Dale Folwell is North Carolina's new state treasurer, having been elected after a campaign in which he railed against fees being charged by Wall Street money managers. He's also the hero in a new profile from Bloomberg Businessweek, which slobbers over his pledge to save the state retirement system "a minimum of $100 million a year in fees by the end of his four-year term."
Okay, let's deal with this:
Fee data: North Carolina's $90 billion state retirement system last year paid $513 million in management and incentive fees to outside money managers. Of that, $288 million went to real estate ($196m) and private equity managers ($92m). The system also paid out another $90 million in adminstrative expenses, some of which includes outside investment consultants.
That pledge: The $100 million in savings is cumulative over four years (which is different than what Bloomberg reported), per an investment committee meeting note and confirmation from a Treasurer's Office spokesman. Given that Folwell already has saved $17 million per year by dumping four public equities managers, that means he really only has to find $8 million in additional annual savings. This could be done by dumping more active stock managers, or perhaps a secondary sale of private equity interests (which NC has asked Houlihan Lokey to explore). Folwell also has broached renegotiating fee agreements with hundreds of existing fund managers, but to no avail.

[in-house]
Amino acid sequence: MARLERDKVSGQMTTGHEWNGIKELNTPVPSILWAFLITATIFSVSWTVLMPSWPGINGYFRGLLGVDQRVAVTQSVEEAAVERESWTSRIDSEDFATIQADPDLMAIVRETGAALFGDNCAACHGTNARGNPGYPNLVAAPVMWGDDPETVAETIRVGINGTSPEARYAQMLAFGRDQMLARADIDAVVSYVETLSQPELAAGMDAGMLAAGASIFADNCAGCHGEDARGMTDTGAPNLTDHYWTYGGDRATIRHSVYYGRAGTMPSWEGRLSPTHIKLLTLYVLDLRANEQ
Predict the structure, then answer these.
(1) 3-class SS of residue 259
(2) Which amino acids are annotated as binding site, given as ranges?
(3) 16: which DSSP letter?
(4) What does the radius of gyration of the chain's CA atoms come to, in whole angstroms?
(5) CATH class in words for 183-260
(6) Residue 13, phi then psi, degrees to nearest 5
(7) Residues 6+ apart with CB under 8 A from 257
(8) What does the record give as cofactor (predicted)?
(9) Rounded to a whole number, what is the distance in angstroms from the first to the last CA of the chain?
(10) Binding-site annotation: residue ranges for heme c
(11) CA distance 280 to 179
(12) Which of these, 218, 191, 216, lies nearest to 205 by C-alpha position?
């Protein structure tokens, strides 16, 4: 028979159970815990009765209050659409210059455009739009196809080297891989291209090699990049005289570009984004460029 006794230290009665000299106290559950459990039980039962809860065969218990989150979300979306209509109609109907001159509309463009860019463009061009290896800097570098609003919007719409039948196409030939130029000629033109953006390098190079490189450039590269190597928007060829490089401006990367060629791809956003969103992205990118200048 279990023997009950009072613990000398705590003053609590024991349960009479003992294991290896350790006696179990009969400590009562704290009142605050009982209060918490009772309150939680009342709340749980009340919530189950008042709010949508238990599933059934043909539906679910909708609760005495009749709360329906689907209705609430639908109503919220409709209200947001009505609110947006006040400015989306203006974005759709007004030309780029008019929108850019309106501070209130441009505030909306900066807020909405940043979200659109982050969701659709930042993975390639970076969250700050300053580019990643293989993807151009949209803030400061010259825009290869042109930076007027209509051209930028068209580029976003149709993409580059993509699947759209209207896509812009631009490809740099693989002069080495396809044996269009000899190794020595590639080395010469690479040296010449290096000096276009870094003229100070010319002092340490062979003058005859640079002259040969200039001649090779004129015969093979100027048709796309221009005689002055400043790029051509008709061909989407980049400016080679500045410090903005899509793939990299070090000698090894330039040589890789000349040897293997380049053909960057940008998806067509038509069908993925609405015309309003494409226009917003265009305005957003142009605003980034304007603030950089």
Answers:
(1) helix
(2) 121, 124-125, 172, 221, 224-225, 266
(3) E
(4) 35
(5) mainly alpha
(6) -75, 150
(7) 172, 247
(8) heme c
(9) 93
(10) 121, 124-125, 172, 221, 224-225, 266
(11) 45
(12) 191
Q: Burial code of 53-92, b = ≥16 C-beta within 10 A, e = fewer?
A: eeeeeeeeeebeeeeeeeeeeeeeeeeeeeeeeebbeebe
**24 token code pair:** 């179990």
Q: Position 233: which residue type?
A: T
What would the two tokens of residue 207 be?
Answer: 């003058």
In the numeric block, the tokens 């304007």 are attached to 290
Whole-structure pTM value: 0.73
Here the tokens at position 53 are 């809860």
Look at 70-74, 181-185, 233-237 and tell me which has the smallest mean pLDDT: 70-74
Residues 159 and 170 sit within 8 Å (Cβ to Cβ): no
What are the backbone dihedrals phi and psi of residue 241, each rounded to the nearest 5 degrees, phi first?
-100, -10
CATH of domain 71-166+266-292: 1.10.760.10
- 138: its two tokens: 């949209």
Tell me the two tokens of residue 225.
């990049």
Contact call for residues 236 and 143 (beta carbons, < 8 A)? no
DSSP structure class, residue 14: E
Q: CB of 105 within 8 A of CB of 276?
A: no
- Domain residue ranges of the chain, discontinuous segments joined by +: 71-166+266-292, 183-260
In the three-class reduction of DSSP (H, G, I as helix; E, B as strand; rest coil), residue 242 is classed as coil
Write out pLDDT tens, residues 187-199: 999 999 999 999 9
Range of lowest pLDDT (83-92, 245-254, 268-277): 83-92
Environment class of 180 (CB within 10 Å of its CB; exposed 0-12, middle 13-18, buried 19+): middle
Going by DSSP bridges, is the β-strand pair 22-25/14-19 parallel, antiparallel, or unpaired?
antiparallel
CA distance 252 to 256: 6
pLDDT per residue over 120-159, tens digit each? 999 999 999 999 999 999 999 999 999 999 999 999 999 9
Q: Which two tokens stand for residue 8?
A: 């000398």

Performance: The two asset classes that comprise the bulk of fees ― real estate and private equity ― also are the system's two best performing asset classes (net of fees) over both a three-year and five-year period.
Folwell to Bloomberg: "We don't own alternative investments. They own us... I think they increase complexity and reduce value."
Huh? North Carolina's public pensioners are clearly getting the most bang for their bucks from alternatives (again, net of fees), but their Treasurer says that such investments "reduce value." Moreover, Folwell confirmed to Axios during a Friday interview that has put an indefinite freeze on new investment commitments to alternative funds. When asked if he's concerned that pensioners will consequently lose out on participating in new funds from existing managers like New Enterprise Associates and HgCapital, Folwell said that he hadn't heard of either firm.
Reconciliation: The trouble here is that Folwell isn't connecting the dots between fees and performance, where applicable. He also is mentally merging the 'active vs. passive' argument in public equities with the issue of alternatives fees. To be sure, limited partners in alternatives must be vigilent over fees, particularly given some of the shenanigans that have been uncovered in recent years.
But when I repeatedly asked Folwell if he'd be willing to pay high fees in exchange for outsized performance ― thus creating a net positive for pensioners ― he effectively changed the subject, adding that he'd only been on the job for a couple of months. That simply doesn't cut it, no matter how well-intentioned Folwell appears to be. The new Treasurer had an entire campaign and transition period to examine the data, and several months now to speak with in-house investment staff. If he believes alternatives are going to falter in the long-term, then make that case. But hewing to campaign promises about cutting fees, regardless of performance, is not serving as a proper fiduciary to North Carolina pensioners.